"Indian students opt for overseas education as admissions in local universities get tough," Economic Times, Saumya Bhattacharya, 16 April, 2013, http://articles.economictimes.indiatimes.com/2013-04-16/news/38586304_1_delhi-technical-university-colleges-students
"SAT vs ACT," Hindustan Times, Sparsh Sharma, 10 April, 2012, http://www.hindustantimes.com/HTEducation/Chunk-HT-UI-HTEducationSectionPage-OtherStories/SAT-vs-ACT/SP-Article1-838239.aspx
"Should International Students Take the ACT?" U.S. News, Katy Hopkins, 20 November, 2012, http://www.usnews.com/education/best-colleges/articles/2012/11/20/should-international-students-take-the-act
"Standardized tests," United States-India Educational Foundation, http://www.usief.org.in/Study-in-the-US/US-Standardized-Tests.aspx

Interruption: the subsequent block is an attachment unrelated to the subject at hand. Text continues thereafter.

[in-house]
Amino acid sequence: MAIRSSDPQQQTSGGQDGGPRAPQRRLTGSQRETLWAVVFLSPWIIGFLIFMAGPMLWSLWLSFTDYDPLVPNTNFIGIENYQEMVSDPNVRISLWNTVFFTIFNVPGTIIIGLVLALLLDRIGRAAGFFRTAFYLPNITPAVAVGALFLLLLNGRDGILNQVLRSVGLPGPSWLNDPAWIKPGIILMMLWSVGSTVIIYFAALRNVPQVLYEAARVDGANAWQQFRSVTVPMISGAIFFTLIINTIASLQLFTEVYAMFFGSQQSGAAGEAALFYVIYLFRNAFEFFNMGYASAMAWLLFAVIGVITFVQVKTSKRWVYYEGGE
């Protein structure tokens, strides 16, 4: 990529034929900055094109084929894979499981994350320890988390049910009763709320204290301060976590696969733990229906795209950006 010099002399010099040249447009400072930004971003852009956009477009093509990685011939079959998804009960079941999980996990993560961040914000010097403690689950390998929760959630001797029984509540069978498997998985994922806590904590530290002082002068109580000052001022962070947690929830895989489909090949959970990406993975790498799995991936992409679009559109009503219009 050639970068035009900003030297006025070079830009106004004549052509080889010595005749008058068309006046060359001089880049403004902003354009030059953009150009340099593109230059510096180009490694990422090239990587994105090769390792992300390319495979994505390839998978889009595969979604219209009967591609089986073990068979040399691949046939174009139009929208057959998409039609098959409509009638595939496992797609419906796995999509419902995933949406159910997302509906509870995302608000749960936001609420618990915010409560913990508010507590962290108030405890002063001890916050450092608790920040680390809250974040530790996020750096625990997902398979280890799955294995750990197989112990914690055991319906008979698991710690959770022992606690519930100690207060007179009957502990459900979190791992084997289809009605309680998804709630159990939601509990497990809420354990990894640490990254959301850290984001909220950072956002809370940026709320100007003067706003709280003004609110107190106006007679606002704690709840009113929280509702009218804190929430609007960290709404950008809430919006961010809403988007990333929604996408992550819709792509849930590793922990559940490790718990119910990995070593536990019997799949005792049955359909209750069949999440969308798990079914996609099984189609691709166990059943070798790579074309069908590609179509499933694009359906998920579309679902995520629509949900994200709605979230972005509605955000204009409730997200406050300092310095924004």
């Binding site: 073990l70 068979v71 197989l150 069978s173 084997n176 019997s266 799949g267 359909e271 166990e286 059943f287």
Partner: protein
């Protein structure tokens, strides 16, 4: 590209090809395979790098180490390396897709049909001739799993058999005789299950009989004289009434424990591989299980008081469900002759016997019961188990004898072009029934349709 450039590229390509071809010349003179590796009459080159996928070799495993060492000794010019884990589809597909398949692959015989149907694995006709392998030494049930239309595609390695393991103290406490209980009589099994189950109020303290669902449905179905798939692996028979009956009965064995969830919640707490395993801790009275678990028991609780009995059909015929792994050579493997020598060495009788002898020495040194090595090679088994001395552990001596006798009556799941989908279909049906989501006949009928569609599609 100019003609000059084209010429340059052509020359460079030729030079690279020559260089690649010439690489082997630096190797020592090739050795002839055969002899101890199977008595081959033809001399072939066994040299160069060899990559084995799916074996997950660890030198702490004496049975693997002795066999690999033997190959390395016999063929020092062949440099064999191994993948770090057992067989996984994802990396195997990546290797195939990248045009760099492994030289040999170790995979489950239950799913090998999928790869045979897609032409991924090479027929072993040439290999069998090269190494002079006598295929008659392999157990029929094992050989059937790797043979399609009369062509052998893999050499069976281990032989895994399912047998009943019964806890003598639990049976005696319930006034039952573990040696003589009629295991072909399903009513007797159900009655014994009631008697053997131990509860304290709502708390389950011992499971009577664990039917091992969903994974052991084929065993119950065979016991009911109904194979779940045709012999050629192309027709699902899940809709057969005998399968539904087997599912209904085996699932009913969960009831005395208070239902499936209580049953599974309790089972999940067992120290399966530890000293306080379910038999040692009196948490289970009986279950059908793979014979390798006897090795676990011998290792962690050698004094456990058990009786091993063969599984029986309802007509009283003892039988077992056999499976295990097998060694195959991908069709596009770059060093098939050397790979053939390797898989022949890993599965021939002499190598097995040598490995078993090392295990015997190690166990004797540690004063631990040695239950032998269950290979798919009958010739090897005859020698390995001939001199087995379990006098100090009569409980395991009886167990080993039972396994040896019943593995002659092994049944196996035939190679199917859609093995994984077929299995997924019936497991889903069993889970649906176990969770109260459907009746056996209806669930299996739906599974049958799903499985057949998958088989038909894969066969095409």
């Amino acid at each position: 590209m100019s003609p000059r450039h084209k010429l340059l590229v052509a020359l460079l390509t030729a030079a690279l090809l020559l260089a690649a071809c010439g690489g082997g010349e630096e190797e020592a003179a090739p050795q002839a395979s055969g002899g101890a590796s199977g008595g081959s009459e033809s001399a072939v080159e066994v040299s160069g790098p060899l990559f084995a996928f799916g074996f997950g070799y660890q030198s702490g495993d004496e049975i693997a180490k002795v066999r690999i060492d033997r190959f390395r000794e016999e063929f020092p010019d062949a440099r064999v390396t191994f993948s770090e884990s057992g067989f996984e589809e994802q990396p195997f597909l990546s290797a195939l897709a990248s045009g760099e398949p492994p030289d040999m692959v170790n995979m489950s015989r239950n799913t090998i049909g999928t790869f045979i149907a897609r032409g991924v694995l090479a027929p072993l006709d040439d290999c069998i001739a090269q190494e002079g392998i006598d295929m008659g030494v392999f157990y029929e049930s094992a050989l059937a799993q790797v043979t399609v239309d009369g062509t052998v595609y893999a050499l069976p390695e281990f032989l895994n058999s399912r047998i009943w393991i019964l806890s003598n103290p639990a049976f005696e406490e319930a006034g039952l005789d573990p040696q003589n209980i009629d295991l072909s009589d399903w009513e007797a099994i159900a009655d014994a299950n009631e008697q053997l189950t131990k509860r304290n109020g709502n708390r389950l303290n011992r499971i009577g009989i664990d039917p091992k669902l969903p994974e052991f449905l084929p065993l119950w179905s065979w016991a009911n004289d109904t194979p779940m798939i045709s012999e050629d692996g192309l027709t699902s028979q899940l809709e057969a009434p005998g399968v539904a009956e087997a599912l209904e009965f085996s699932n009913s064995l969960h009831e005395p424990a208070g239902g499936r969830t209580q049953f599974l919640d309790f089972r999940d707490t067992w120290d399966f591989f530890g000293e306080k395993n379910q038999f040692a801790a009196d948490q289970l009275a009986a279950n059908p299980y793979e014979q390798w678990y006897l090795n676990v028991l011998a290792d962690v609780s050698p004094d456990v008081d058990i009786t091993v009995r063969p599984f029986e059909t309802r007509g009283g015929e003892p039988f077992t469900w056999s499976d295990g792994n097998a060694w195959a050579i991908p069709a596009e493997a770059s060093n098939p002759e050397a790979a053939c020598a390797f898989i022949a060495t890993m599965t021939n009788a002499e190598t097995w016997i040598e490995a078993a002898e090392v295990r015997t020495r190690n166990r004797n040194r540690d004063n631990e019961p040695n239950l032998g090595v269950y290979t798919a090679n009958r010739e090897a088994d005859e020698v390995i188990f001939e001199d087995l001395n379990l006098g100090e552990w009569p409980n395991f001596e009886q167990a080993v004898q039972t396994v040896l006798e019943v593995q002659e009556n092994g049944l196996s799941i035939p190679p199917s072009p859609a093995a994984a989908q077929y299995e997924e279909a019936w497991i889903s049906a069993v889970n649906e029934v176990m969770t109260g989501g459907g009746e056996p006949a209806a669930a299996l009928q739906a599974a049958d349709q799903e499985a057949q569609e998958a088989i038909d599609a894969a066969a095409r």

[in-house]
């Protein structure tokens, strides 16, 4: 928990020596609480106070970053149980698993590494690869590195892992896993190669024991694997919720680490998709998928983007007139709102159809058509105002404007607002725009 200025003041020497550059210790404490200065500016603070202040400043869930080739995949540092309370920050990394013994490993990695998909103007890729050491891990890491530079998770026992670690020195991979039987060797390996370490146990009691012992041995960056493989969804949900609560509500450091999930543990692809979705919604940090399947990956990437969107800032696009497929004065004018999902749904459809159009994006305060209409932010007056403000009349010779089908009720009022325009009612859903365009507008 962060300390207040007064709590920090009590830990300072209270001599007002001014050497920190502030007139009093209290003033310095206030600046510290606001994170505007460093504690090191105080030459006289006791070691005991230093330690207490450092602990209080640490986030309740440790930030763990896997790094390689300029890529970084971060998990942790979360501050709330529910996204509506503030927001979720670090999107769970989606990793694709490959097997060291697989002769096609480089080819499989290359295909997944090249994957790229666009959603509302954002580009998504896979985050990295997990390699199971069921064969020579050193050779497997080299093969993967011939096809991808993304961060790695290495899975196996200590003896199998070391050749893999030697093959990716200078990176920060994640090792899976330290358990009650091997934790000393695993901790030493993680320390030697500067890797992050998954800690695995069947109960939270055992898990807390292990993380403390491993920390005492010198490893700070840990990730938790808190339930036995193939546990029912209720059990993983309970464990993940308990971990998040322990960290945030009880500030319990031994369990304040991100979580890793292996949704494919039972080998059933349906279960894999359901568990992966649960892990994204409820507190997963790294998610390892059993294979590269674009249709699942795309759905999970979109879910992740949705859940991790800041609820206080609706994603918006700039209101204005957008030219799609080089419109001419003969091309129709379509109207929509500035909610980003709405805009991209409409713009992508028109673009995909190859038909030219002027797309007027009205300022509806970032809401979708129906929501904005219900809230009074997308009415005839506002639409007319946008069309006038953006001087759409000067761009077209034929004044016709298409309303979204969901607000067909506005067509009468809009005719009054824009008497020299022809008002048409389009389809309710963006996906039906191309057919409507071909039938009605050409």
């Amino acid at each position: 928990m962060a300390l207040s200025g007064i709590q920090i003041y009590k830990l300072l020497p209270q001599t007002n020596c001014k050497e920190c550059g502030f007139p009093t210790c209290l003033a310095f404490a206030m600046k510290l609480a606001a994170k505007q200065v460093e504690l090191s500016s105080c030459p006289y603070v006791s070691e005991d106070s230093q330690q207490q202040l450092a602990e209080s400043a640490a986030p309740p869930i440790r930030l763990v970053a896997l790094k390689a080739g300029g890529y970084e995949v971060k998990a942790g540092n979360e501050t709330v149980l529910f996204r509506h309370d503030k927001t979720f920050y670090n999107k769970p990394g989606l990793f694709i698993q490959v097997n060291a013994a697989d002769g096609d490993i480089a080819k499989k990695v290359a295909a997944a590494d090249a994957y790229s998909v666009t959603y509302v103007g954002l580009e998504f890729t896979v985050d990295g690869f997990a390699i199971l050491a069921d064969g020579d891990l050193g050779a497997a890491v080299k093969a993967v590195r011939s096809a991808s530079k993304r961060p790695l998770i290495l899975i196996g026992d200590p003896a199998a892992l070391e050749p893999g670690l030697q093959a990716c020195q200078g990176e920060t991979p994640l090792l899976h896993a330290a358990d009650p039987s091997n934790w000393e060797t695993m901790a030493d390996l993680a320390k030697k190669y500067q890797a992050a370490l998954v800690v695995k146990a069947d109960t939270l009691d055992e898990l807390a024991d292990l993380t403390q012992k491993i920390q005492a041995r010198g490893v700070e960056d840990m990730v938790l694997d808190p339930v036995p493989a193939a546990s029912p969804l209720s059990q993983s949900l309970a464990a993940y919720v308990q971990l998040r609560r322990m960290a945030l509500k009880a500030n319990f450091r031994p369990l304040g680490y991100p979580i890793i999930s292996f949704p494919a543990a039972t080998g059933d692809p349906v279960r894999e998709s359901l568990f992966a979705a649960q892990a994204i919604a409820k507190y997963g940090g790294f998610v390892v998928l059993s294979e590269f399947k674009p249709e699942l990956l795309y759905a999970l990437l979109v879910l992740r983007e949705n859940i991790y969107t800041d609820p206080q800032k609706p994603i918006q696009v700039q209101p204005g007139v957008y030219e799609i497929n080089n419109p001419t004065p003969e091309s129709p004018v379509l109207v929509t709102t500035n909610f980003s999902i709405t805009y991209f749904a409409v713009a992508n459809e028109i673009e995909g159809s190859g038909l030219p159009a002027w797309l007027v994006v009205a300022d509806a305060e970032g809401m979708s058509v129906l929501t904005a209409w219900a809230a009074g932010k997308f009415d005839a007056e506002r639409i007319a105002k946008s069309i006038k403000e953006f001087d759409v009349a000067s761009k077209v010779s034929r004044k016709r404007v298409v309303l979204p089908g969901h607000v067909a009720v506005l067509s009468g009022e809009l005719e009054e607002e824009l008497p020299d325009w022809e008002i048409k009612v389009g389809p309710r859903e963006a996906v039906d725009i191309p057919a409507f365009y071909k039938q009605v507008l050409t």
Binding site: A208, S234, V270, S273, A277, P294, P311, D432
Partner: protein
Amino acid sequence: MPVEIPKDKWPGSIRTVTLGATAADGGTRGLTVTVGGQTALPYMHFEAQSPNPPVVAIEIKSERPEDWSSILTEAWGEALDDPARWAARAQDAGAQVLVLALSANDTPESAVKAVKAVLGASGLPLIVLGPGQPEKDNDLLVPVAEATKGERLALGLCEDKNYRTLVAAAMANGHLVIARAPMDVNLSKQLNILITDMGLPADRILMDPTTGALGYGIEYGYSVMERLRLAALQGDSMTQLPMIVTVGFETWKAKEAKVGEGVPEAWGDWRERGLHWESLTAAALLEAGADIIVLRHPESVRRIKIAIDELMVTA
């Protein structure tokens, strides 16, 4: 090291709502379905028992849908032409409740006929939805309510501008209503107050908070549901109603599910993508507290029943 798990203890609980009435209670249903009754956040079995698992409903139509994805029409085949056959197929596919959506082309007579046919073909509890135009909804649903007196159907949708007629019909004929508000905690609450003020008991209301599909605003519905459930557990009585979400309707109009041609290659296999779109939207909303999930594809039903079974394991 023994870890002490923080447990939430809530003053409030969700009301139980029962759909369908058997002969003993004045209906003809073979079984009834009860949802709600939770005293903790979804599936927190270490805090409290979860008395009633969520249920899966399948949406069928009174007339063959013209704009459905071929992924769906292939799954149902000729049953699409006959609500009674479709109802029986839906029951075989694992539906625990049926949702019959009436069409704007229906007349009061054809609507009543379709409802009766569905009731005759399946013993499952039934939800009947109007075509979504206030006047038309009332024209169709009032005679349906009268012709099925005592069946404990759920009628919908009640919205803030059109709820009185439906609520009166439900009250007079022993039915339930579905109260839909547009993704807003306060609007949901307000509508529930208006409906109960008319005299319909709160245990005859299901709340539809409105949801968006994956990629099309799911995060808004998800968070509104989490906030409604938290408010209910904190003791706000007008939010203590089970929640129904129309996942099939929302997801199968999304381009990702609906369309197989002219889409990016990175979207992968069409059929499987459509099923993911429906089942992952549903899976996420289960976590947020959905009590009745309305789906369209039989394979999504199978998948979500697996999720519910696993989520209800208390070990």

"UG in the US," Economic Times, Renuka Raja Rao, 25 July, 2013, http://www.educationtimes.com/article/103/201307252013072515113471559580a04/UG-in-the-US-.html



About Nimrata Grewal

Nimrata Grewal is a freelance writer based in Mumbai, India and has previously worked for a leading national newspaper and media company. She has experience writing on careers, job advice and job trends. She is trained as a microbiologist with a master’s degree in biomedical sciences before she decided to pursue her passion in writing seven years ago.